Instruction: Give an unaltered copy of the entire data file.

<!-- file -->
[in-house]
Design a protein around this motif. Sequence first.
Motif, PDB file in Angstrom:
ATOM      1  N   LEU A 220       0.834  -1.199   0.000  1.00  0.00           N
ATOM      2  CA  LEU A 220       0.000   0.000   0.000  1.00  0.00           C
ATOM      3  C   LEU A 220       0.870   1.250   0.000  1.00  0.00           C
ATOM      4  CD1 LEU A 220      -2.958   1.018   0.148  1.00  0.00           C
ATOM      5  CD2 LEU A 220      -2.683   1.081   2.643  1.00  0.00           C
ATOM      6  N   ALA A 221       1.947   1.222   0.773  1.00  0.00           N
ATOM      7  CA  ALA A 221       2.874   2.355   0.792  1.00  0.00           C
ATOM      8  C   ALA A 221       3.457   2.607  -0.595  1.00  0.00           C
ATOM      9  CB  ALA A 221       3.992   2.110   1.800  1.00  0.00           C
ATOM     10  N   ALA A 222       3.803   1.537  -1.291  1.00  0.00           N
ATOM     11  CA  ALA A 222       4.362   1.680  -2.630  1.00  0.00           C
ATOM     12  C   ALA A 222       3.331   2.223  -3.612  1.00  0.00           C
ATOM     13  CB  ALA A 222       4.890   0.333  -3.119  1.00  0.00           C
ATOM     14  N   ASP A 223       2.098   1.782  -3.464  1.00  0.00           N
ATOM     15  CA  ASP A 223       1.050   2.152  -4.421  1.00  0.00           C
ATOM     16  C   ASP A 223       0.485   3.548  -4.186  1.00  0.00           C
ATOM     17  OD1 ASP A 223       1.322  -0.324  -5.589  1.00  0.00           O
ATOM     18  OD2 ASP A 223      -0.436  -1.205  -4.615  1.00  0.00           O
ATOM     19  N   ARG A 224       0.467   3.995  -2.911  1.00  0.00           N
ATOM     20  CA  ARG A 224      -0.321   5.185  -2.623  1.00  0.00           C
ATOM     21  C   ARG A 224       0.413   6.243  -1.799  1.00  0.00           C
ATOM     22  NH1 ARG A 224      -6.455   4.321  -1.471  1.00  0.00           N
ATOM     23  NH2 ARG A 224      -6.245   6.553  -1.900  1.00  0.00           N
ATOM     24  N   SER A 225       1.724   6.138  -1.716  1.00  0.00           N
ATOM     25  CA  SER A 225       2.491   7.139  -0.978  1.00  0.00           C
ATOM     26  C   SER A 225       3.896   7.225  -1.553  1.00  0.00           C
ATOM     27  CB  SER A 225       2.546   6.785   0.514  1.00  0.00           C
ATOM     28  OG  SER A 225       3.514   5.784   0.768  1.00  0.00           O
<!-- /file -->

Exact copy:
[in-house]
Design a protein around this motif. Sequence first.
Motif, PDB file in Angstrom:
ATOM      1  N   LEU A 220       0.834  -1.199   0.000  1.00  0.00           N
ATOM      2  CA  LEU A 220       0.000   0.000   0.000  1.00  0.00           C
ATOM      3  C   LEU A 220       0.870   1.250   0.000  1.00  0.00           C
ATOM      4  CD1 LEU A 220      -2.958   1.018   0.148  1.00  0.00           C
ATOM      5  CD2 LEU A 220      -2.683   1.081   2.643  1.00  0.00           C
ATOM      6  N   ALA A 221       1.947   1.222   0.773  1.00  0.00           N
ATOM      7  CA  ALA A 221       2.874   2.355   0.792  1.00  0.00           C
ATOM      8  C   ALA A 221       3.457   2.607  -0.595  1.00  0.00           C
ATOM      9  CB  ALA A 221       3.992   2.110   1.800  1.00  0.00           C
ATOM     10  N   ALA A 222       3.803   1.537  -1.291  1.00  0.00           N
ATOM     11  CA  ALA A 222       4.362   1.680  -2.630  1.00  0.00           C
ATOM     12  C   ALA A 222       3.331   2.223  -3.612  1.00  0.00           C
ATOM     13  CB  ALA A 222       4.890   0.333  -3.119  1.00  0.00           C
ATOM     14  N   ASP A 223       2.098   1.782  -3.464  1.00  0.00           N
ATOM     15  CA  ASP A 223       1.050   2.152  -4.421  1.00  0.00           C
ATOM     16  C   ASP A 223       0.485   3.548  -4.186  1.00  0.00           C
ATOM     17  OD1 ASP A 223       1.322  -0.324  -5.589  1.00  0.00           O
ATOM     18  OD2 ASP A 223      -0.436  -1.205  -4.615  1.00  0.00           O
ATOM     19  N   ARG A 224       0.467   3.995  -2.911  1.00  0.00           N
ATOM     20  CA  ARG A 224      -0.321   5.185  -2.623  1.00  0.00           C
ATOM     21  C   ARG A 224       0.413   6.243  -1.799  1.00  0.00           C
ATOM     22  NH1 ARG A 224      -6.455   4.321  -1.471  1.00  0.00           N
ATOM     23  NH2 ARG A 224      -6.245   6.553  -1.900  1.00  0.00           N
ATOM     24  N   SER A 225       1.724   6.138  -1.716  1.00  0.00           N
ATOM     25  CA  SER A 225       2.491   7.139  -0.978  1.00  0.00           C
ATOM     26  C   SER A 225       3.896   7.225  -1.553  1.00  0.00           C
ATOM     27  CB  SER A 225       2.546   6.785   0.514  1.00  0.00           C
ATOM     28  OG  SER A 225       3.514   5.784   0.768  1.00  0.00           O